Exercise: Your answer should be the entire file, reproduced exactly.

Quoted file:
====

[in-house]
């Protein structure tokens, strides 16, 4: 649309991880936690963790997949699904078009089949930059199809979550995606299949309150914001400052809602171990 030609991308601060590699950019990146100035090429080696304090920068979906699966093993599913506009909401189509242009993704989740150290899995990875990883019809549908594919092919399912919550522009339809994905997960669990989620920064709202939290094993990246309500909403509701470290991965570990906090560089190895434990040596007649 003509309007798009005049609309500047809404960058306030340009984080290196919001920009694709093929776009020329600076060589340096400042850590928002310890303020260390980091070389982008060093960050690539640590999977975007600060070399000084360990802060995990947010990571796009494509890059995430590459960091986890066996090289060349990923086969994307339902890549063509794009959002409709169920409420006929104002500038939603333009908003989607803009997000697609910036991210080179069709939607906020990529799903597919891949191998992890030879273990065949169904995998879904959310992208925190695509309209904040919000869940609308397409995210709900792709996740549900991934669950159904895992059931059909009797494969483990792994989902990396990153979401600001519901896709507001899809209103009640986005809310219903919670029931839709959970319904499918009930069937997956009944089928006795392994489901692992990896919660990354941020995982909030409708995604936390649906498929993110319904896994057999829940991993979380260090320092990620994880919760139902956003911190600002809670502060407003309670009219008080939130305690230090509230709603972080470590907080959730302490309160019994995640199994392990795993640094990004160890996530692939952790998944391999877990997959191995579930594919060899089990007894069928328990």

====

[in-house]
């Protein structure tokens, strides 16, 4: 649309991880936690963790997949699904078009089949930059199809979550995606299949309150914001400052809602171990 030609991308601060590699950019990146100035090429080696304090920068979906699966093993599913506009909401189509242009993704989740150290899995990875990883019809549908594919092919399912919550522009339809994905997960669990989620920064709202939290094993990246309500909403509701470290991965570990906090560089190895434990040596007649 003509309007798009005049609309500047809404960058306030340009984080290196919001920009694709093929776009020329600076060589340096400042850590928002310890303020260390980091070389982008060093960050690539640590999977975007600060070399000084360990802060995990947010990571796009494509890059995430590459960091986890066996090289060349990923086969994307339902890549063509794009959002409709169920409420006929104002500038939603333009908003989607803009997000697609910036991210080179069709939607906020990529799903597919891949191998992890030879273990065949169904995998879904959310992208925190695509309209904040919000869940609308397409995210709900792709996740549900991934669950159904895992059931059909009797494969483990792994989902990396990153979401600001519901896709507001899809209103009640986005809310219903919670029931839709959970319904499918009930069937997956009944089928006795392994489901692992990896919660990354941020995982909030409708995604936390649906498929993110319904896994057999829940991993979380260090320092990620994880919760139902956003911190600002809670502060407003309670009219008080939130305690230090509230709603972080470590907080959730302490309160019994995640199994392990795993640094990004160890996530692939952790998944391999877990997959191995579930594919060899089990007894069928328990």